I’ve been in Australia for over a week now, and I’ve only had one person say G’day to me! Aside from my burgeoning disappointment over the fact that nobody seems to use “mate” as much as TV would have me believe, Australia has been a beautiful and fascinating place to study.
Each morning we are awoken by the whip birds and the chowchillas of the forests, with calls like lasers echoing through the misty air. While it’s a slog through the mucky paths to the Center, where meals and classes are, we are often treated to organisms like leaf tailed geckos, frogs, lizards, glowing fungi, and strangler figs as we hike through the wet tropics. I am continuously surprised by how close we share our space with nature. Bush Turkeys join us for our meals, snakes have been known to hide amongst our compost, and a beloved spider has built a home in our car park. It’s a reminder that if humans are careful and respectful, we can coexist effectively with the natural world without destroying it.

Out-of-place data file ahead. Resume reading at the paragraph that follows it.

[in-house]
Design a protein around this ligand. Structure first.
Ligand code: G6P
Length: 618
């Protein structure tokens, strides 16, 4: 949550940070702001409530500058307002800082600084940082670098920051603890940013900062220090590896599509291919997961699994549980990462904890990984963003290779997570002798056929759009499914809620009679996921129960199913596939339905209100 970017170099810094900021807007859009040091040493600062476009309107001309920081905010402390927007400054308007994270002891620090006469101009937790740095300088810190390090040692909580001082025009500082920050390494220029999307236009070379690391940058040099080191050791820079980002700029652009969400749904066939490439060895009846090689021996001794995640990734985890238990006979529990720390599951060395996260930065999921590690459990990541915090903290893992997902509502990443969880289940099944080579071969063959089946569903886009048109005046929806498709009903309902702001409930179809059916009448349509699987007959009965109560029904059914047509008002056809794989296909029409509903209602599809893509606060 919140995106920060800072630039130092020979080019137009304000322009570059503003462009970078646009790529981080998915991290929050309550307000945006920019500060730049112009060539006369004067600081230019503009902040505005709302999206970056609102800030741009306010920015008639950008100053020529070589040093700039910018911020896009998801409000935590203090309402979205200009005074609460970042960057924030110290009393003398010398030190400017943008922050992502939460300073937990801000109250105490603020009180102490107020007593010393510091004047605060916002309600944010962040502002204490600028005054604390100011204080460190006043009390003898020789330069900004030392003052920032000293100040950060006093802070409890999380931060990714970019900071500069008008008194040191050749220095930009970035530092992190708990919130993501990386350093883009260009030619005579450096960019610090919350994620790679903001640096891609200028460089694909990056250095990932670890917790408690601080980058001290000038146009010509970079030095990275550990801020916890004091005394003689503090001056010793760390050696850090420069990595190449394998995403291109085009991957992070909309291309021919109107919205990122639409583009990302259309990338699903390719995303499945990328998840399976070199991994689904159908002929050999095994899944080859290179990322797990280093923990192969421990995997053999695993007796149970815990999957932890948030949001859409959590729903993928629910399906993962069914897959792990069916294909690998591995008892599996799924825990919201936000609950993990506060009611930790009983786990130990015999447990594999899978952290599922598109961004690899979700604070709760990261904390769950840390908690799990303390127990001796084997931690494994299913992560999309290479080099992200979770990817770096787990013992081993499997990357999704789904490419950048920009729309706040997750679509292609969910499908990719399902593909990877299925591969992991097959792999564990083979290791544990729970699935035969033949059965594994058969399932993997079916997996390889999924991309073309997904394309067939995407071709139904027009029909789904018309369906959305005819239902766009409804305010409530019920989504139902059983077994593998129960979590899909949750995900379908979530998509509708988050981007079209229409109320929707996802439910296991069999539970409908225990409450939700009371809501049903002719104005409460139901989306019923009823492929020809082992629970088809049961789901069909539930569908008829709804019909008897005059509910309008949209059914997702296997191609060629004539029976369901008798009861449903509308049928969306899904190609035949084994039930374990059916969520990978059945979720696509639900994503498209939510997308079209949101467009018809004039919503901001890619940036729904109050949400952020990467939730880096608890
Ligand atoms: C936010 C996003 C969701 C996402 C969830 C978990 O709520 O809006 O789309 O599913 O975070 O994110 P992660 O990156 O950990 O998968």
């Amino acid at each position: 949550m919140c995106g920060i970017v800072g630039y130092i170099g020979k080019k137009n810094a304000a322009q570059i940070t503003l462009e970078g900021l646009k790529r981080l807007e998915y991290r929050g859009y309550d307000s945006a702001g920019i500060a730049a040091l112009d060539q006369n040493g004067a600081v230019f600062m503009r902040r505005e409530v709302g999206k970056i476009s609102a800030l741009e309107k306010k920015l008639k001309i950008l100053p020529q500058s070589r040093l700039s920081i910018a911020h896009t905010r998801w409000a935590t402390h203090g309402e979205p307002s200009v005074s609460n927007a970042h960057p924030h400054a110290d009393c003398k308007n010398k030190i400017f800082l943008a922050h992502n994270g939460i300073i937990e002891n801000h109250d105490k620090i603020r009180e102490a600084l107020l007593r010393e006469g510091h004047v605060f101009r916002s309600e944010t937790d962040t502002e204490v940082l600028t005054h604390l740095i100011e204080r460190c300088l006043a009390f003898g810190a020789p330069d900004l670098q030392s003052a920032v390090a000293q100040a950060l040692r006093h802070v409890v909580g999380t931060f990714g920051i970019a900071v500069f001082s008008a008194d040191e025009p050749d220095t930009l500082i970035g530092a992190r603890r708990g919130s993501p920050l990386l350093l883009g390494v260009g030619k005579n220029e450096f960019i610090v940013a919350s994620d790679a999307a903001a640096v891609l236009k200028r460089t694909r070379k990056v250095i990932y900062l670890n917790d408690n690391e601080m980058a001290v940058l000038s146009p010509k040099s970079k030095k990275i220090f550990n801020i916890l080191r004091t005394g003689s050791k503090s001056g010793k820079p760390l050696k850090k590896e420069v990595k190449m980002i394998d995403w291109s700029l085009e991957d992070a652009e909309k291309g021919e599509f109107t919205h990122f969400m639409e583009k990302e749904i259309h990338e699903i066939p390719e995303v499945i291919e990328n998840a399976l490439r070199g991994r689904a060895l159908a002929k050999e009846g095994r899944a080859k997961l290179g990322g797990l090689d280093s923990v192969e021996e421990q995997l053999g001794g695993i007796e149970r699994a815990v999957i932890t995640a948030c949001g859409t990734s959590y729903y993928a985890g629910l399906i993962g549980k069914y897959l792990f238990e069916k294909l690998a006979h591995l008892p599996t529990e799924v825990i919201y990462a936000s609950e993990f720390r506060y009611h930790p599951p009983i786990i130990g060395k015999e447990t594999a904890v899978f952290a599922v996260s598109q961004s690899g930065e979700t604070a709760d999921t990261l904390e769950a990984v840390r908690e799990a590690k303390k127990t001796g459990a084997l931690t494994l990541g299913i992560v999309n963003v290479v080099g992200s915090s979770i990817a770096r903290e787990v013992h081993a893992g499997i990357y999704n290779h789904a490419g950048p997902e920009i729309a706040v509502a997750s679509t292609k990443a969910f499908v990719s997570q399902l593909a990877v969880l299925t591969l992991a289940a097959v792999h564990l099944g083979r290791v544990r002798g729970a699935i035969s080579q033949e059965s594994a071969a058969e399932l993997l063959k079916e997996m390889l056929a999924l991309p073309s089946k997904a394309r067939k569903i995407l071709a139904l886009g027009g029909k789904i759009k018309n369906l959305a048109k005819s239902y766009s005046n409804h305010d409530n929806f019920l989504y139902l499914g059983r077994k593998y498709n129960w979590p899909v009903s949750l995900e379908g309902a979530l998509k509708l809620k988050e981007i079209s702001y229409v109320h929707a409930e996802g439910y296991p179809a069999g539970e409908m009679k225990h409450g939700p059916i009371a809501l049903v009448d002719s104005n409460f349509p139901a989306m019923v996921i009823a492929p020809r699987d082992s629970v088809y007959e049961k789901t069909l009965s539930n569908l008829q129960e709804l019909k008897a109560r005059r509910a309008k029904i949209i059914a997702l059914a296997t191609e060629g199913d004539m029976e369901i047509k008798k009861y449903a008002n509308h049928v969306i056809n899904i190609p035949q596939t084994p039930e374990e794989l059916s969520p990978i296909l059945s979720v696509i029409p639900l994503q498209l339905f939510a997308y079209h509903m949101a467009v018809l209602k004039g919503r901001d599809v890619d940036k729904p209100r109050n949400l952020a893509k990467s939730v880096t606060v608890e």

The humans here are equally fascinating! Our lectures have taught us about the flora and fauna we should look for in the forest, and we had a particularly interesting guest lecturer who provided us with information on using drones, GIS, and mapping data to study erosion and develop more effective, environmentally sound farms. This past weekend we headed into Cairns to the Cairns Indigenous Art Festival, to learn more about the aboriginal people and their culture. We were treated to amazing art and dances from across Australia.
So far Australia has been a lesson in melding together nature and culture, in respecting those who have existed before us, whether plant, animal, or human. I can’t wait to experience even more of the wet tropics of Australia in the coming weeks!
The view in the mornings from the lowlands
From left to right: Den, Hannah, and Courtney at a strangler fig on Lake Eacham’s shore
Veronica, our car park spider. She’s about 6 inches long and 4 inches wide!
Leaf-tailed gecko we found while spotlighting